3. Torrey Smith isn't ready to be the No. 3 receiver, but cut him some slack. He's clearly over-thinking everything right now.

Watching Smith on Thursday was a good reminder of just how hard it is to adjust to the NFL as a rookie wide receiver. You can basically see Smith thinking too hard every time he runs a route right now. He wants to make a play so badly, he's letting his head get in the way of his talent. Flacco threw two perfect balls to him against the 'Skins and Smith flat-out dropped them both. Watching him in practice this week, it seems apparent things are just moving too fast right now. It's absurd that some fans are already comparing him to former Ravens wide receiver Patrick Johnson after just three preseason games, but that's the cynical nature of the NFL sometimes. People want results right away, or they want to be the first person to declare you're a bust.


"Torrey just has to go out there and play – use his abilities," Flacco said. "He's got to make a move, run by guys, use his hands, go out there and play confidently and use his ability. I think he has a tendency to overthink things. He always wants to do the right thing. He always comes up to me and tells me he wants to do the right thing. Sometimes when you go out there on Sundays, you just have to let it go and play. If you go out there and make mistakes, you make mistakes. You just have to go out there and play. He's just going to have to learn that."

4. It feels a little pointless, and even a bit risky, to play Ray Lewis and Ed Reed at all in the preseason. But if you ask Harbaugh, it's just too hard to keep them off the field.

After I watched Lewis get steamrolled by Trent Williams on Tim Hightower's long touchdown run, I scribbled something in my notebook: Why is he even playing in this game?

There is almost no upside, and when Lewis doesn't summon his infamous intensity (and really, how could he for a preseason game?), he tends to look a 36-year-old middle linebacker instead of one of the best defensive players who has ever lived. Every time Reed had to go low and make a tackle, I couldn't help but cringe and ask a similar question: Why is he out there again? How many hits does his neck have left?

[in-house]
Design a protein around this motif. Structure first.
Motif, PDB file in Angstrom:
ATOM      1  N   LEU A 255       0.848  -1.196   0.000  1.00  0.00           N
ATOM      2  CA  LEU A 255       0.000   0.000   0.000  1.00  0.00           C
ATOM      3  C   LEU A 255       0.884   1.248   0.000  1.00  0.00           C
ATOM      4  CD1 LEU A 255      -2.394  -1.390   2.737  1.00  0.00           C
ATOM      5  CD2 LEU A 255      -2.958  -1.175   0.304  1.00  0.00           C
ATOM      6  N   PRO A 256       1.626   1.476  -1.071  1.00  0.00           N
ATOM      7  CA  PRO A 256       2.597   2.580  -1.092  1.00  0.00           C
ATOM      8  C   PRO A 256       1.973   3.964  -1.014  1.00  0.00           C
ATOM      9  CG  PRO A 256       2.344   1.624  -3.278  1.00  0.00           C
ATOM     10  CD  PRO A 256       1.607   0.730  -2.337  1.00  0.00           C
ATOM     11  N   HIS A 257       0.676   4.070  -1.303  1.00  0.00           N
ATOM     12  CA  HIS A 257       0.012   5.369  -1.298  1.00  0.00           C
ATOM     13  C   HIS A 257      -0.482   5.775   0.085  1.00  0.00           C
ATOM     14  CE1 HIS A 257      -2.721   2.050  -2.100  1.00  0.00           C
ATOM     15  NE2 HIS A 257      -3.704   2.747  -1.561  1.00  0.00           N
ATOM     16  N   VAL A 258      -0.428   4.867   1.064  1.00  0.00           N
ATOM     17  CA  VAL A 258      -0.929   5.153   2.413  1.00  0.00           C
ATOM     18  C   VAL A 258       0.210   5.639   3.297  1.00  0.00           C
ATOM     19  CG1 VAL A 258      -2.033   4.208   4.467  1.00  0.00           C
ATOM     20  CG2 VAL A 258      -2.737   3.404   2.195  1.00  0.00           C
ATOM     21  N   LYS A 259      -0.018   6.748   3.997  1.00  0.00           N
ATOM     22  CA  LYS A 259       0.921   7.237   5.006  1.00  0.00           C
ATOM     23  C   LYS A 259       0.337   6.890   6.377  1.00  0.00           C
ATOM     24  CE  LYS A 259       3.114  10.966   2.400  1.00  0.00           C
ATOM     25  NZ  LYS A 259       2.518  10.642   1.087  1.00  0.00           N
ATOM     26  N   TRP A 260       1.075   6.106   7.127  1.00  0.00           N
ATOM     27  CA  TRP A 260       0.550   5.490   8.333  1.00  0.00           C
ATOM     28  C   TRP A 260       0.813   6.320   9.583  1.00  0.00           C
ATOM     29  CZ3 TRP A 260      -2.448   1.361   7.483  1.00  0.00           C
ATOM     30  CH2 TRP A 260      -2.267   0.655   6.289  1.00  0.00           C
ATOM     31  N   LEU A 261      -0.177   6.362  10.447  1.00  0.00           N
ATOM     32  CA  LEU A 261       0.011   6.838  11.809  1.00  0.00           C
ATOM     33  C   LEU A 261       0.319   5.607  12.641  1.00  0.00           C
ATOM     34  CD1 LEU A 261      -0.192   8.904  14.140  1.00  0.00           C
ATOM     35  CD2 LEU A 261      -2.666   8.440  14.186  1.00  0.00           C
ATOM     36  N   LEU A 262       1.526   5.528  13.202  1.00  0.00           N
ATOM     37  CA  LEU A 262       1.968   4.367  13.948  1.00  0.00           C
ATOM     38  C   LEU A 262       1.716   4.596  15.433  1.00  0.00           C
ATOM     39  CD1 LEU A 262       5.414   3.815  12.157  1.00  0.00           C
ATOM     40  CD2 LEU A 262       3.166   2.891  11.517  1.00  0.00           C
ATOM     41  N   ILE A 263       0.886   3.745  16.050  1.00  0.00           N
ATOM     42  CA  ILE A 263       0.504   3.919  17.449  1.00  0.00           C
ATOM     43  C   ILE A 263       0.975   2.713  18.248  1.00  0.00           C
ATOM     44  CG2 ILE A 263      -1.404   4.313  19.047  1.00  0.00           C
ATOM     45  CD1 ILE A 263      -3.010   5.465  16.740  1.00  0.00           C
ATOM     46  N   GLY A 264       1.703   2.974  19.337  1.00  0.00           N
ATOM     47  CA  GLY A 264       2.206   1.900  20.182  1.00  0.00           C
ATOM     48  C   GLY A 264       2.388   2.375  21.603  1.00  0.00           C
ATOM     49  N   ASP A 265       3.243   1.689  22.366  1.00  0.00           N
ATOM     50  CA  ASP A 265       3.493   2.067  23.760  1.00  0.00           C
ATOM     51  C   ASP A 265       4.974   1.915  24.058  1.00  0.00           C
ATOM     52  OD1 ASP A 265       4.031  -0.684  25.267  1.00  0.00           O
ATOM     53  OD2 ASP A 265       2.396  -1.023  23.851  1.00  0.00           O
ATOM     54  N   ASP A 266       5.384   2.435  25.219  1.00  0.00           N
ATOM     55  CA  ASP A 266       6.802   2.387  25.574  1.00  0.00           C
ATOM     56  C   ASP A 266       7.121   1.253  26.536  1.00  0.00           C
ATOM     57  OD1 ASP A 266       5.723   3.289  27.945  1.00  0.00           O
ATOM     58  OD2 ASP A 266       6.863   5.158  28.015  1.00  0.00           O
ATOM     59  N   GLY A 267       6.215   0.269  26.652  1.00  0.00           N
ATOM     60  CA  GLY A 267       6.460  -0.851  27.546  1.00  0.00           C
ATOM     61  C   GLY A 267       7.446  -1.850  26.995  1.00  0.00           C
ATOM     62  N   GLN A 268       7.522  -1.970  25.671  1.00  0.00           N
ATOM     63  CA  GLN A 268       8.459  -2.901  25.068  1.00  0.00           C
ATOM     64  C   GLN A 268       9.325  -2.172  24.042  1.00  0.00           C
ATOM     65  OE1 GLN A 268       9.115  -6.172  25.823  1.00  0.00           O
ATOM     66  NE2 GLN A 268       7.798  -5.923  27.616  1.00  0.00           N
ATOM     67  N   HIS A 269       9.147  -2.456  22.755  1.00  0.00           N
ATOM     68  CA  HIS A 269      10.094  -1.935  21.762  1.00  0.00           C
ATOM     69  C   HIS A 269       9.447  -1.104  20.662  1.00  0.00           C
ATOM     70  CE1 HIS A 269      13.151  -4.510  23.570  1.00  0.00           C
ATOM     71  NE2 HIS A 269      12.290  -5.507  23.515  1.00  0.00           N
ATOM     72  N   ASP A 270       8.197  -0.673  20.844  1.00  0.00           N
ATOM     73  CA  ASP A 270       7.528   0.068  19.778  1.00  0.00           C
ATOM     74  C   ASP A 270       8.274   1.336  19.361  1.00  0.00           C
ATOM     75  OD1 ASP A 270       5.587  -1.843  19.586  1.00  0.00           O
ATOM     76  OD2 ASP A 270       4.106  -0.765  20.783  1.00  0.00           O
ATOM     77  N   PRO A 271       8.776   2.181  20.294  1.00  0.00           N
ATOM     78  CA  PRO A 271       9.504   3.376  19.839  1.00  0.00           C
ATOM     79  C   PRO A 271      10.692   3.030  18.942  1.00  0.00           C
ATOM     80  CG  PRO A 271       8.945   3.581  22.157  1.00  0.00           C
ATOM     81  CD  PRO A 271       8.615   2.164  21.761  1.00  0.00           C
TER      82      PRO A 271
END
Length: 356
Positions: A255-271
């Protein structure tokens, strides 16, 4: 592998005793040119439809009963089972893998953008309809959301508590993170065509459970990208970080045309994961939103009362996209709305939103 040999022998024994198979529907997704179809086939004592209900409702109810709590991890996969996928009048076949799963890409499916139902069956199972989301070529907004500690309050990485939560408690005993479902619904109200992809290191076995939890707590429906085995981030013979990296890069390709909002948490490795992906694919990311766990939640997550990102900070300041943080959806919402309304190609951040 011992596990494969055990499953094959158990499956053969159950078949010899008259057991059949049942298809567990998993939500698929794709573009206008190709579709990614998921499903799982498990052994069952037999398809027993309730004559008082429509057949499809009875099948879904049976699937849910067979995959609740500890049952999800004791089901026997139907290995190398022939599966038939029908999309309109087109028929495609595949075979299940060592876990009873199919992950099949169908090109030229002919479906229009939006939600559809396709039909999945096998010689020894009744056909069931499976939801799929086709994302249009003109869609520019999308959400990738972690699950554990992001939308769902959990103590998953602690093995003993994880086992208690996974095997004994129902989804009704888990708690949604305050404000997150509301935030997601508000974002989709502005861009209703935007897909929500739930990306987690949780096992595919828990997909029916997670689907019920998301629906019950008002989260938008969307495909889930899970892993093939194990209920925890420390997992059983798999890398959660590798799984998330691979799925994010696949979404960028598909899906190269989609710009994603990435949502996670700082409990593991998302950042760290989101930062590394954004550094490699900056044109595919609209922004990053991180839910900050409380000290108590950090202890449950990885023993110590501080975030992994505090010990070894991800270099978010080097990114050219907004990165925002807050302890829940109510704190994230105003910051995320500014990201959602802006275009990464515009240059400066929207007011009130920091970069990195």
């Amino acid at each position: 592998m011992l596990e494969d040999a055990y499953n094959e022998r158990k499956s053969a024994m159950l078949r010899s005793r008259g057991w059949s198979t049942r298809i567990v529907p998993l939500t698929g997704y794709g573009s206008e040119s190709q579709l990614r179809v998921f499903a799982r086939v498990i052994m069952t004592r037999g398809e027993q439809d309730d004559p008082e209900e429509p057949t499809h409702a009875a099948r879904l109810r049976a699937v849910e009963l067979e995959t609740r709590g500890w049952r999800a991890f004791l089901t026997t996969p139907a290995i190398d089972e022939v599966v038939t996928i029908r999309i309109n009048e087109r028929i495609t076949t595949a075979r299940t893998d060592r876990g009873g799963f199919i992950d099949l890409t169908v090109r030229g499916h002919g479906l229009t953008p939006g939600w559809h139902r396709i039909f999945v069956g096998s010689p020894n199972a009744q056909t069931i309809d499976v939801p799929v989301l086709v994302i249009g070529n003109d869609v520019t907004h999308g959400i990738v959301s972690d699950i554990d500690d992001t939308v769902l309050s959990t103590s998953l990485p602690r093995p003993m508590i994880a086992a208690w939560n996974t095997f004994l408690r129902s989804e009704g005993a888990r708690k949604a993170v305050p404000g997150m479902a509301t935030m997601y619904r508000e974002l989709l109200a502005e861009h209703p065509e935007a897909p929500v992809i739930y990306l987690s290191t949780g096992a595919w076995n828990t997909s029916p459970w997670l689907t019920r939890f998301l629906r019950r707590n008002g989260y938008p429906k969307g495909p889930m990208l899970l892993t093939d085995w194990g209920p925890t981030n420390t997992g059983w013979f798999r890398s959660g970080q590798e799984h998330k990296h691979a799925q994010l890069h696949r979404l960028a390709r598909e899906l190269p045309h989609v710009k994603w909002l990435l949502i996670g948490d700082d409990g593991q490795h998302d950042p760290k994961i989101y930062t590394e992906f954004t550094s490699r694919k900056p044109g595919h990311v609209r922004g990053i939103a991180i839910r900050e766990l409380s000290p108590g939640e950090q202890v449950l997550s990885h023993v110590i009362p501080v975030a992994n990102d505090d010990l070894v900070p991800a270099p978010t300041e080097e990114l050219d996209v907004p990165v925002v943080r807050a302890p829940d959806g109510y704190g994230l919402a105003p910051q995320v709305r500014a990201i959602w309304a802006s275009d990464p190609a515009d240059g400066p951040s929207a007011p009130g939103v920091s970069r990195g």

Why not hold them out entirely?

I posed that question to Harbaugh in the locker room after practically all the players had cleared out, and he gave what I think was an interesting answer. He said neither Reed nor Lewis would like the idea of being told they were going to be a healthy scratch, and they actually weren't thrilled when he wouldn't let them play in the third quarter. It's also an important part of the team dynamic -- and building camaraderie -- for them to do what everyone else is asked to do (for the most part). They're participating in contact drills during practice anyway, Harbaugh said, so it's not like they're made of porcelain.


Every year, on at least one NFL team, a star player will get hurt during preseason and the second-guessing will begin, but you can't let that affect your judgement. You just pray for the best, hope the young players benefit from playing alongside them, and get them out of the game in a timely way.

5. This Ravens team doesn't seem to be wound too tight this year, and that might be a good thing.

As I was talking to Harbaugh, Flacco happened to be walking toward his locker. He was of maybe three Ravens players still in the locker room at that point, which was a few minutes short of midnight. Harbaugh's face lit up, and as Flacco strolled by, the coach and his fourth-year quarterback exchanged fist bumps.

"That was fun, wasn't it?" Harbaugh said, referring to the Ravens' comeback victory.

"It sure was," Flacco said.

It was a side of both men we don't see that much -- they were laughing, smiling and basking in the glow of a meaningless last-second victory. Both Flacco and Harbaugh are so serious about their profession, they don't typically reveal much about themselves, but their attitude in that moment was just one example of the vibe surrounding the team on Thursday. Ray Rice had Ray Lewis cracking up on the sideline late in the game as he did a fairly credible rendition of Lewis' pre-game dance routine, and Lee Evans couldn't help but bask in the attention he was getting from 15 reporters who stood in front of his locker after the game. (Are there even 15 reporters total covering the Bills, Evans' old team?)


Last year, the Ravens won plenty of games, but they also played several stretches of joyless football. After awhile, it seemed to wear on them. Flacco and Mason were squabbling, coaches looked like they were feeling suffocated by outside pressure, and Harbaugh looked weary every time had to step behind a microphone to answer questions.

Who knows if the good feelings will last? It is just preseason after all. There will be plenty of stuff to worry about when the Ravens watch film Friday, namely how average their corners (including Jimmy Smith) look right now. And there won't be many smiles or fistbumps in the locker room if the Ravens lose to Pittsburgh in the opener.

But the tenor of the team is a little different this year, and that might be a good thing in the long run. Instead of playing scared or playing with anxiety every fourth quarter, maybe the Ravens will play with passion and joy again, and put teams away instead of letting them hang around until the fourth quarter.

A year ago, the Ravens often seemed crippled by expectations. Maybe this year, with a younger squad, they can find a little joy in exceeding them.